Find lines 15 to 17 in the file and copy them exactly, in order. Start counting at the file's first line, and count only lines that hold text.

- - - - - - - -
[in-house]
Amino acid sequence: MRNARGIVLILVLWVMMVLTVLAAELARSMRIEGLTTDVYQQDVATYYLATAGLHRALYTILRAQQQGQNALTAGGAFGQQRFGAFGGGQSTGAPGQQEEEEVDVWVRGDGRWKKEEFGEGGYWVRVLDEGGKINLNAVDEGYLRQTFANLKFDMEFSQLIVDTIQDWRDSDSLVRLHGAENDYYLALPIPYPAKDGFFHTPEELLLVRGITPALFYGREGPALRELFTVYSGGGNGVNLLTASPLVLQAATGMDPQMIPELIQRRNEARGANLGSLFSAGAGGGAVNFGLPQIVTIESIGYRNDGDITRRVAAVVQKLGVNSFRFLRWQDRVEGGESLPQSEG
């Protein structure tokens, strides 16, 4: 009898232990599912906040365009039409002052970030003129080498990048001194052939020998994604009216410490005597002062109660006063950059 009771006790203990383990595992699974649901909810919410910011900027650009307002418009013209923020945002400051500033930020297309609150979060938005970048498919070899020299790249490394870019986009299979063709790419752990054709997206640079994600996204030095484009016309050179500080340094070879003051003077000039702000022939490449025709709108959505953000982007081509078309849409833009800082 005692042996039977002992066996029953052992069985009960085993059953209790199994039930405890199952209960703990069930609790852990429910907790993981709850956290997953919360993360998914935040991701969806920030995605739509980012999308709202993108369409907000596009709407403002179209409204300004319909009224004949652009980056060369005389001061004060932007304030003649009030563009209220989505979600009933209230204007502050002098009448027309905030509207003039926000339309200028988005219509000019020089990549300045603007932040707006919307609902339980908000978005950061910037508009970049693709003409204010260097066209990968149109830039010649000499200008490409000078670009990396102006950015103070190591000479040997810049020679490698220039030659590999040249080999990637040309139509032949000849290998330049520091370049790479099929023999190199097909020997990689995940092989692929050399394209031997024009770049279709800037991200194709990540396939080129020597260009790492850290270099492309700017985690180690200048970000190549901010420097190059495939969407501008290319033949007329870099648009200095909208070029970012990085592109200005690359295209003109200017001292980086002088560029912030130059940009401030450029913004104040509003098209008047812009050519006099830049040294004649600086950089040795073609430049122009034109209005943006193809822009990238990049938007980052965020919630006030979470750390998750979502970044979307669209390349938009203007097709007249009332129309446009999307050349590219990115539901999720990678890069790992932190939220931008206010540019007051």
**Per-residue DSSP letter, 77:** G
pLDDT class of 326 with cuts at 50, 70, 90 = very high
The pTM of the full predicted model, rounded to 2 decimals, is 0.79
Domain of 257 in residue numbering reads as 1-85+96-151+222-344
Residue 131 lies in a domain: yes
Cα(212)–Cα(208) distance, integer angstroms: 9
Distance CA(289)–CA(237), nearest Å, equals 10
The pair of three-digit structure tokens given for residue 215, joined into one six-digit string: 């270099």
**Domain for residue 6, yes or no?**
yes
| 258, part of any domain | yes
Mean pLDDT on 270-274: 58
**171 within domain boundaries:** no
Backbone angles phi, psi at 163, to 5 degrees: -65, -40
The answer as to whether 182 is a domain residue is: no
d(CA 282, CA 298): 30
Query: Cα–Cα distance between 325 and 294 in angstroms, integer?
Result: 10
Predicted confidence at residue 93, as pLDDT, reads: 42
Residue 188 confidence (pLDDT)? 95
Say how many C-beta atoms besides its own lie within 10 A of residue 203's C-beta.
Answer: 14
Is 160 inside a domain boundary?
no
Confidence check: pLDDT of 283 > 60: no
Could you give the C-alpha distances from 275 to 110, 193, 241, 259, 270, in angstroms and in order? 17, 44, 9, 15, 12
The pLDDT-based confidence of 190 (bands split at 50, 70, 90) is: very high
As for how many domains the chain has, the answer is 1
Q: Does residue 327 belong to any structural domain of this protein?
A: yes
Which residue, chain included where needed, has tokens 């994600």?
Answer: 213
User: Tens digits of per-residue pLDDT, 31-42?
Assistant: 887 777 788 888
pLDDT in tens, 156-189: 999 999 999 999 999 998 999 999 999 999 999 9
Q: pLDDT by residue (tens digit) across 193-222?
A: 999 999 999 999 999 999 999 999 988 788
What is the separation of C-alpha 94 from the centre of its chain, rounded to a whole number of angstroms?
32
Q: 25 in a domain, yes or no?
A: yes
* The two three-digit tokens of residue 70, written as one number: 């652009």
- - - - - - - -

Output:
Mean pLDDT on 270-274: 58
**171 within domain boundaries:** no
Backbone angles phi, psi at 163, to 5 degrees: -65, -40